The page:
JOHANN Lamont has insisted she will remain as Labour leader despite speculation her position in the party could be under threat.
As she pressed outgoing First Minister Alex Salmond on his handling of the health service, she told MSPs: “When the First Minister is long gone I will still be doing my job on behalf of the people of Scotland.”
Mr Salmond, who announced his intention to step down in the wake of last week’s referendum result, predicted she would remain “exactly where she is” in opposition at Holyrood as he rejected accusations of NHS privatisation.
The exchanges came at the first session of First Minister’s Questions at Holyrood since the referendum, in which Scotland voted to stay part of the United Kingdom.
During the independence campaign the issue of health service was key, with nationalists insisting that a Yes vote was needed to protect the service from privatisation.
But Ms Lamont claimed that it was Mr Salmond who had done “more to privatise the NHS than anyone else in Scotland”.
Questioning him on the “serious business of this government”, Ms Lamont claimed: “We now know because of the courage of a whistleblower that there are £450 million of cuts the First Minister is planning to the NHS, but he decided not tell us until after the referendum.”
She continued her attack, stating: “During the referendum campaign the First Minister secretly privatised the health records of every Scots while warning of the dangers of privatisation.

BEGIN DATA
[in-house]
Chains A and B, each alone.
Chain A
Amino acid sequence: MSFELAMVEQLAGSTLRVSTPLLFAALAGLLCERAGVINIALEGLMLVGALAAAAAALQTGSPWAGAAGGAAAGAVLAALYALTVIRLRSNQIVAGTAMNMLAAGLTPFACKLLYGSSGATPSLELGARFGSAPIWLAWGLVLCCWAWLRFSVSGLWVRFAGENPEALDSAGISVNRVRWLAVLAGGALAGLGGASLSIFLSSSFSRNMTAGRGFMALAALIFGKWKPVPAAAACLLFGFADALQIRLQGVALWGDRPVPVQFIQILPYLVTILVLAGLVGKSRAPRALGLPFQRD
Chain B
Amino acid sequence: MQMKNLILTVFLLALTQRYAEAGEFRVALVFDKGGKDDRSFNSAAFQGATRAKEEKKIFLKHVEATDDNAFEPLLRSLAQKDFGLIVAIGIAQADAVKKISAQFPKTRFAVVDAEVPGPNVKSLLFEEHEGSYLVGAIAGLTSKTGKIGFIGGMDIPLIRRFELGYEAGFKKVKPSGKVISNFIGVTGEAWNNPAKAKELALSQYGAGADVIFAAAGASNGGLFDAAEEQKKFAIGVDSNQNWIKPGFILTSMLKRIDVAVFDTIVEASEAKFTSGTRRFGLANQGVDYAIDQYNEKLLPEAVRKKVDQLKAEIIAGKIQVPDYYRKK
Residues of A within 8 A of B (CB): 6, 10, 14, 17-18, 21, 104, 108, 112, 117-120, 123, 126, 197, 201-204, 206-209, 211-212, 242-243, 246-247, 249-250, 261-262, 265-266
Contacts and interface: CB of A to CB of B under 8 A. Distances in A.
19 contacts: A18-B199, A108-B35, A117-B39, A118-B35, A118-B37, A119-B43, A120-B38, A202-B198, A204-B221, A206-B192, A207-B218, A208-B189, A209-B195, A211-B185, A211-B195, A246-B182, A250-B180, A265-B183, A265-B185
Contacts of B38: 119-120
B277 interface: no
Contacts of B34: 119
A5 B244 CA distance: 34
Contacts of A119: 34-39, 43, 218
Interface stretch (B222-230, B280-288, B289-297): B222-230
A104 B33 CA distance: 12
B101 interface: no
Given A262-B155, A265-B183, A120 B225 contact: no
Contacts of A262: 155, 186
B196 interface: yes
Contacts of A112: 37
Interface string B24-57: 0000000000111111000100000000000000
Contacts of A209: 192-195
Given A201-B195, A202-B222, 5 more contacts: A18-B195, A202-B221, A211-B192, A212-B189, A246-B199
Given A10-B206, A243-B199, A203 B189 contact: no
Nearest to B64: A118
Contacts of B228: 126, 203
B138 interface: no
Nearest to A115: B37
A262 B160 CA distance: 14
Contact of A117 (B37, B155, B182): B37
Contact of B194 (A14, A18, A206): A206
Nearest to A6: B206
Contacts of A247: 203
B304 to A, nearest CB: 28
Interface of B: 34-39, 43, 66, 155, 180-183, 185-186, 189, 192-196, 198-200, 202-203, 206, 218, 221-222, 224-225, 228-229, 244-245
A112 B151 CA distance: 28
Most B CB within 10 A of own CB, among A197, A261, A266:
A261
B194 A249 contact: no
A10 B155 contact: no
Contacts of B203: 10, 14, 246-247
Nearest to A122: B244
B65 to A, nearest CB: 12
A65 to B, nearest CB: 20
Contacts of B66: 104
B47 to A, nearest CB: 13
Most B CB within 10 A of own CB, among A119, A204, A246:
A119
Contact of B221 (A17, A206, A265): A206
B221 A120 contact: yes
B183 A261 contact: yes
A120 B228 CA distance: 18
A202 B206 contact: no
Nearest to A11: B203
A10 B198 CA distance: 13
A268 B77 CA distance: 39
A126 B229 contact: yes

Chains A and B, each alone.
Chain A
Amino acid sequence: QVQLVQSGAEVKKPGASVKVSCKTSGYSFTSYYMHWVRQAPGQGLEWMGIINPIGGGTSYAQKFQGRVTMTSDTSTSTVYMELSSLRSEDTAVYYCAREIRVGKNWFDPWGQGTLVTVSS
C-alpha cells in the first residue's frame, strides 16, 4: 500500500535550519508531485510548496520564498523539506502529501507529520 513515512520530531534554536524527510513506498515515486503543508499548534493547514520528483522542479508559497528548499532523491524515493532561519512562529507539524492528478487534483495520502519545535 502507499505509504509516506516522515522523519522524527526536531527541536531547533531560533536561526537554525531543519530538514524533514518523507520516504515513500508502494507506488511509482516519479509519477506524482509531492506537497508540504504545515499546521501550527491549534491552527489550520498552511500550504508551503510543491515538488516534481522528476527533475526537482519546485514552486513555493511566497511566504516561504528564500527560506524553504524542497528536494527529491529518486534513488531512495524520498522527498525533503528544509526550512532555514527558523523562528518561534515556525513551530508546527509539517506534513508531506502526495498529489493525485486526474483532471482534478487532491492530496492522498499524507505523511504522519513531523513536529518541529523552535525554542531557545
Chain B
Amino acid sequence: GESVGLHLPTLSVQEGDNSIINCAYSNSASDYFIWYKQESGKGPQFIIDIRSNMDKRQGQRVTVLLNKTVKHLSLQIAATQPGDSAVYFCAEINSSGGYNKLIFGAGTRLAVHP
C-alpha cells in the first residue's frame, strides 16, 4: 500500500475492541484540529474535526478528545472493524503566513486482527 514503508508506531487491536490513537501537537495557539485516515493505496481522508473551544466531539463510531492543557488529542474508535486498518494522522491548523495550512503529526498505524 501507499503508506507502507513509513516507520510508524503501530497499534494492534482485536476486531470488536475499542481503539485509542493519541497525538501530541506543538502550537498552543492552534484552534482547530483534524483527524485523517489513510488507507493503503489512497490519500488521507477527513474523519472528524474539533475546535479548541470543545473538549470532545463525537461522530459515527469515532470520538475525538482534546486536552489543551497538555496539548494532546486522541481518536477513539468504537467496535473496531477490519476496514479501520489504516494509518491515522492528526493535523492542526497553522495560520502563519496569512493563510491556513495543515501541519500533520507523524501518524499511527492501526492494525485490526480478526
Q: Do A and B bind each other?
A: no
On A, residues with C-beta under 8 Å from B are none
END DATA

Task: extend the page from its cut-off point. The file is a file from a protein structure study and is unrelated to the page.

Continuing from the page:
“The First Minister has increased spending on private health care to £100 million. I ask the First Minister, why does he say he is against privatising the health service when that is exactly what he is doing?”
Mr Salmond told her that the use of a private firm to develop a new IT system did not mean that the service was being privatised
“It is like saying this Parliament is being privatised because we use the Windows system in our computers,” he said.
“It’s a ridiculous argument to put forward.”
He said while the NHS was facing “a £450 million cost pressure over the next two years”, this was as a result of Westminster decisions on pensions and national insurance payments.
Mr Salmond said: “Does that not exemplify the position of the Scottish Government, that cost pressures emanating from Westminster have a huge impact on the Scottish National Health Service?”
In the wake of the referendum result, where majorities for Yes were recorded in Labour strongholds such as Glasgow, there has been speculation reported in the media that Ms Lamont’s position could be in jeopardy.
Mr Salmond said: “Johann Lamont says she’s going to be retained in her current position - yes, I hope she continues as leader of the opposition in this parliament for some considerable time.”
He continued: “I am sure Johann Lamont will put up an excellent fight in the coming election and end up exactly where she is now, as this party continues the National Health Service in public hands.”